Lucinda Chua: “I wanted to create my own language”

The cellist and songwriter is striding out alone with her intriguing solo debut

“I like the symbol of the swallow as being this songbird that lives in the in-between,” singer-songwriter Lucinda Chua tells me on a cloudy Tuesday afternoon.

The 37-year-old multi-instrumentalist is talking about the name of her latest album, YIAN, out now on 4AD. YIAN doubles as both her Mandarin name and her Chinese grandmother’s name. Chua found that the more she dug into the meaning of the word the more apt it felt. “I started thinking about the swallow as migrating between these two landmasses,” she says, “and, maybe, for the swallow, home is in the sky, and if you can belong to the sky, then you kind of belong to everything.”

For Chua, this flitting between worlds is pertinent: she was born in Hammersmith to an English mother and a Chinese-Malay father, moving to Milton Keynes when she was 10. For her entire life she has been torn between identities and worlds and, being biracial, even caught between two separate migrant cultures, an even more specific niche within the diasporic experience. 

She found solace in the cello, training classically before using an array of effect units to write ambient pop songs that are intimate and atmospheric. Initially, she was one half of the duo Felix as well as touring for artists, including FKA Twigs’s live band. It was when the pandemic struck and tours were cancelled that she initially sketched out YIAN. “Thinking about making an album really helped me with a sense of purpose,” she says. 

To challenge herself further, Chua self-produced and engineered eight of the ten tracks on YIAN, an intentional decision for many reasons. “I think it was very important for me, on this record, to not feel observed,” she says. “I wanted to create my own language without someone classifying what I was doing.”

The result is ten tracks which wrap themselves around the listener, like a weighted blanket after a stressful day. A series of intimate portraits strung together to make a dazzling collage, there is a softness throughout YIAN: it is nourishment for the soul, a balm to heal oneself where intimacy and grandiosity meld themselves seamlessly. There is a magnetic, shimmering charm that underpins the lush melodies throughout the album. The timbre of the cello is the fulcrum upon which the swirling instrumentation creates a dizzying effect. The recurrence of the yearning of a broken heart, a cry for a past lover emerges continuously. At times, it even sounds like an intimate conversation, with lines like “I don’t want to hurt you” sung softly on repeat. It feels as if her past as a photographer subconsciously plays into the creation of her music.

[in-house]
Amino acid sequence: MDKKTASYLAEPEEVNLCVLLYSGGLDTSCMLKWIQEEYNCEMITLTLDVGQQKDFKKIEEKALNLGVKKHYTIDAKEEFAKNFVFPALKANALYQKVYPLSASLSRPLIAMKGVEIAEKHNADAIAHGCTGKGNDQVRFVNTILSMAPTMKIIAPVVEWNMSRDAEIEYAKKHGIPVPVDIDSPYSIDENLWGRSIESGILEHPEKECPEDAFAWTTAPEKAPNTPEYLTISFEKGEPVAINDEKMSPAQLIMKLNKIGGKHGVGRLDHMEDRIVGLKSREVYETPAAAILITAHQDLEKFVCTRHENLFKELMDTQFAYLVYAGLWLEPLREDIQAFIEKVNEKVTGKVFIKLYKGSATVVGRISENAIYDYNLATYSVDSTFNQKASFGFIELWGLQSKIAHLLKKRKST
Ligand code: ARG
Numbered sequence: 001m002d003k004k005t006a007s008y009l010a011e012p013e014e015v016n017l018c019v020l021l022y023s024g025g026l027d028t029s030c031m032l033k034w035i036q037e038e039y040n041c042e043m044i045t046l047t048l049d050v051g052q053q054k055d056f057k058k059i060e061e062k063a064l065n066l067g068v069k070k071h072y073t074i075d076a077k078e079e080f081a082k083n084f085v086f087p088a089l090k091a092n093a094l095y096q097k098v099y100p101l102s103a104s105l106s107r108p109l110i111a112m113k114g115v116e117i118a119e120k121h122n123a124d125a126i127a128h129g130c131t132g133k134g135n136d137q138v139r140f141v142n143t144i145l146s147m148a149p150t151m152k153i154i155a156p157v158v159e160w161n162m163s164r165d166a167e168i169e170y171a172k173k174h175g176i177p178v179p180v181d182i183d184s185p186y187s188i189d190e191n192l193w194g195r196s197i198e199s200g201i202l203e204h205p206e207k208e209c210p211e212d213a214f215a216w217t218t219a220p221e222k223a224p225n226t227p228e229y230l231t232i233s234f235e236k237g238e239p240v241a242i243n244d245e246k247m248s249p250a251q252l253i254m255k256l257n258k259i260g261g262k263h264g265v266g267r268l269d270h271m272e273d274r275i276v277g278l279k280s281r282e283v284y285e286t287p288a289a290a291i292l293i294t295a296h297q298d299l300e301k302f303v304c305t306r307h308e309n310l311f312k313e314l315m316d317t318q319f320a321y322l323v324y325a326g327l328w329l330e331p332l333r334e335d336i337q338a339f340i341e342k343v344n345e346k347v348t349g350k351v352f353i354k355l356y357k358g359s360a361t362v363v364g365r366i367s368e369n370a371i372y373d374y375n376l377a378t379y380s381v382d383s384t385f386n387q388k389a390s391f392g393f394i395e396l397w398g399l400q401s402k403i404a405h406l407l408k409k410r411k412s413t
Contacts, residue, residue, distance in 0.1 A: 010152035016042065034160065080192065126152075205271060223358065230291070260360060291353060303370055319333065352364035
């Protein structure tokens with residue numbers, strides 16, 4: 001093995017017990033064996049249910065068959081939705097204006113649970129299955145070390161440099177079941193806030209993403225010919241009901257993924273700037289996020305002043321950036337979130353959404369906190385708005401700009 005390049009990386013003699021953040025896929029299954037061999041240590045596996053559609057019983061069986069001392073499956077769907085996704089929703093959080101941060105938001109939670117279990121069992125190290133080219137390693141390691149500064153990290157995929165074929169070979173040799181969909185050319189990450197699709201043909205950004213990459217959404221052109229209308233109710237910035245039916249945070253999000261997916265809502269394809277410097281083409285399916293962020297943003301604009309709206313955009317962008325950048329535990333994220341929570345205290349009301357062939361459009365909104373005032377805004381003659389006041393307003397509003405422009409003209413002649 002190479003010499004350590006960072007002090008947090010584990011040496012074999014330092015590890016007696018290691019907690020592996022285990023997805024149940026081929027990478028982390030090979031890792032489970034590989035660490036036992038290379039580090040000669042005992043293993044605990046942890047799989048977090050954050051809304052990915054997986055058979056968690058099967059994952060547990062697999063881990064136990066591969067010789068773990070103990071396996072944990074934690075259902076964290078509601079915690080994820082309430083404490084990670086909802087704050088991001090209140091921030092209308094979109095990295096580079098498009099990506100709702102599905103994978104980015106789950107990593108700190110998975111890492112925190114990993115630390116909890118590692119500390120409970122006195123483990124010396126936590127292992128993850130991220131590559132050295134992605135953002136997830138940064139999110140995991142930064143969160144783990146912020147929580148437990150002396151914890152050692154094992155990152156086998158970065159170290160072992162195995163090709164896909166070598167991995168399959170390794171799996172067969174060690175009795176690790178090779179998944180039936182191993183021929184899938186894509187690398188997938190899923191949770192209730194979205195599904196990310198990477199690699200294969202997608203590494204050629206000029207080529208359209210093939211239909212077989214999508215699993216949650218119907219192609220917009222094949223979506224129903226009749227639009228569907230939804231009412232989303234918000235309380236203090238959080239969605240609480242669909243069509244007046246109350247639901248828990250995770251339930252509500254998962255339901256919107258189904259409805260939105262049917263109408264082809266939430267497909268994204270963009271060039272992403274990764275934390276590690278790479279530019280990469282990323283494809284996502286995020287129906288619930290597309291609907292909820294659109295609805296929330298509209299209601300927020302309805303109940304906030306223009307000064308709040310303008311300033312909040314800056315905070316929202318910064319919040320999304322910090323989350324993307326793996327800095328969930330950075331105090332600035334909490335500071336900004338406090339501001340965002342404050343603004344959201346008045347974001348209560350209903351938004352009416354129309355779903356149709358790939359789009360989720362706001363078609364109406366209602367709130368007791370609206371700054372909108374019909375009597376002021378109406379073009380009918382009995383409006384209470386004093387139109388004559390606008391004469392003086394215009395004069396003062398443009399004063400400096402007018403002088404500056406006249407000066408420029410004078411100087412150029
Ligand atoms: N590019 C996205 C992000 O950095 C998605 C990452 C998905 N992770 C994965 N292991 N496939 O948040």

“I definitely think about producing in terms of what could be a wide shot and what could be a close-up,” Chua says. “The connection between photography, producing and composing is all about world-building: thinking about, like, ‘What is the story? What is the journey? What are the emotions that you want to share with people?’ And then it’s almost like the feeling drives the form.

“I didn’t expect for it to take me as deep as it did,” she says of the album themes. “Being biracial and having multiple heritages, but I do tend to talk about myself in fractions. It’s taken a lot of unlearning to be able to not do that.” 

With the impending release of the album, Chua is both “scared and exhilarated”. “A lot of my life, I’ve been the ensemble player,” she says. “I felt very comfortable in that supporting role. And I felt very grateful to get to be part of [other people’s] journey, [but] it’s important that I get to expand the perception of what East and South-East Asian music sounds like – that it’s not necessarily a singular thing.

“I went into this album with questions of ‘Who am I? What does this mean? Where do I come from? Where do I belong?’” she says. “But, I feel like I’ve come out of making the album with just as many questions. I think it’s a commitment to questioning and learning and growing and being okay with that absence or, rather, that feeling of incompleteness, because maybe that’s the joy of being alive: being able to grow into that space.”

Photography by Yukitaka Amemiya